The fundamental dividing line between Microsoft Windows 7 and its successors is the ability of those successors to run a new class of apps, optimized for touch and mobile use and distributed through the Windows Store, in addition to familiar Windows desktop programs.
Windows 10 expands this capability in two important dimensions, thanks to the availability of a unified Windows core that runs on a broad range of devices. The Windows 10 universal app platform allows developers to build apps that can run unmodified on all those devices, from phones and small tablets to PCs and the Xbox game console. It also allows those apps to be delivered in a single package, through a single store, to all those devices.
In the Windows 10 Technical Preview, this new, unified store exists as a beta alongside the old Windows Store. Although you can see hints of what will be available in the new store, the real benefits won’t be available until Windows 10 is released.
For IT pros whose concerns focus on deploying, managing, and securing enterprise apps, the most interesting developments are still to come. Eventually, Windows 10 will include several new features designed to make the store more useful for delivering universal Windows apps and traditional desktop applications in a managed environment through secure business portals.
Because of the fluid nature of the new Windows Store, this chapter is brief and forward-looking.
Introducing the new Windows Store
Although there are superficial similarities between the new Windows 10 Store and its Windows 8.1 predecessor, a closer look reveals big changes.
For starters, the new store offers more than just apps. Figure 5-1 shows the Store (Beta) app in the April update to the Windows 10 Technical Preview, with categories for buying digital content, such as games, movies, TV shows, and music alongside apps.
The new Store also includes a more detailed summary of the current status of downloads and app installs, with the capability to pause, resume, and cancel downloads. Figure 5-2 shows this feature in action.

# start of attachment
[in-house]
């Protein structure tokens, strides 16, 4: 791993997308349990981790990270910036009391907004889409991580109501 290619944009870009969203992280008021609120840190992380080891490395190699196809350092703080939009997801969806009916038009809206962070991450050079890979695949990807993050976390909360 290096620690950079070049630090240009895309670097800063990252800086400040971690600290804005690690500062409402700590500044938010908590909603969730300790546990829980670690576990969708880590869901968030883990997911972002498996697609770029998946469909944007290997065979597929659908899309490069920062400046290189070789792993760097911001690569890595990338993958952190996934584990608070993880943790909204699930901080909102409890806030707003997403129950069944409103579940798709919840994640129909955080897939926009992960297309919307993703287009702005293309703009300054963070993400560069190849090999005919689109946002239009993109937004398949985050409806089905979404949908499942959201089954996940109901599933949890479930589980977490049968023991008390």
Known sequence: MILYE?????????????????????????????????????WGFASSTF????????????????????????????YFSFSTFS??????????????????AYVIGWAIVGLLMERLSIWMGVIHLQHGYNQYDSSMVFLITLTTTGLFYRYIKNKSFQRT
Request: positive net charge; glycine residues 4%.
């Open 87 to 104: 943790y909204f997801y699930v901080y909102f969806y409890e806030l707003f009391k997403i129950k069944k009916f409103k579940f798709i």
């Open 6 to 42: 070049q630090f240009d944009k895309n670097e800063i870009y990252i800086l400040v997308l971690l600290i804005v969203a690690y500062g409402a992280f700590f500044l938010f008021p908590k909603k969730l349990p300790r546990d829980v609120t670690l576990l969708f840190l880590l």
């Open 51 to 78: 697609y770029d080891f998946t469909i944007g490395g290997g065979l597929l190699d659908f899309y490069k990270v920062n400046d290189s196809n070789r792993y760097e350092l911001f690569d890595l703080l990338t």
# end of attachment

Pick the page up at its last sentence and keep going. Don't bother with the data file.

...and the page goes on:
In Windows 8.1, the public Windows store is the primary means for users to acquire apps, using a Microsoft account and various payment options. With the new Windows 10 Store, enterprise options are considerably richer.
Before we get to that story, though, it’s useful to discuss the differences between apps written for Windows 8.1 and the new universal apps.
How universal apps work
Universal apps in Windows 10 have the following characteristics in common with the first generation of modern apps, written for Windows 8 and Windows 8.1:
- Apps are installed on a per-user basis, using a simple installation mechanism that does not require local administrative rights.
- Every app has an application tile, which can be programmed to update dynamically, making it a live tile. Apps can also trigger notifications and alerts, using standard APIs.
- Apps must adhere to a strict set of APIs that prevent them from directly accessing system resources. That limits an app’s ability to perform many functions that are commonplace for desktop apps. The trade-off is those limitations help ensure the security and reliability of the underlying operating system by blocking the most common attack vectors.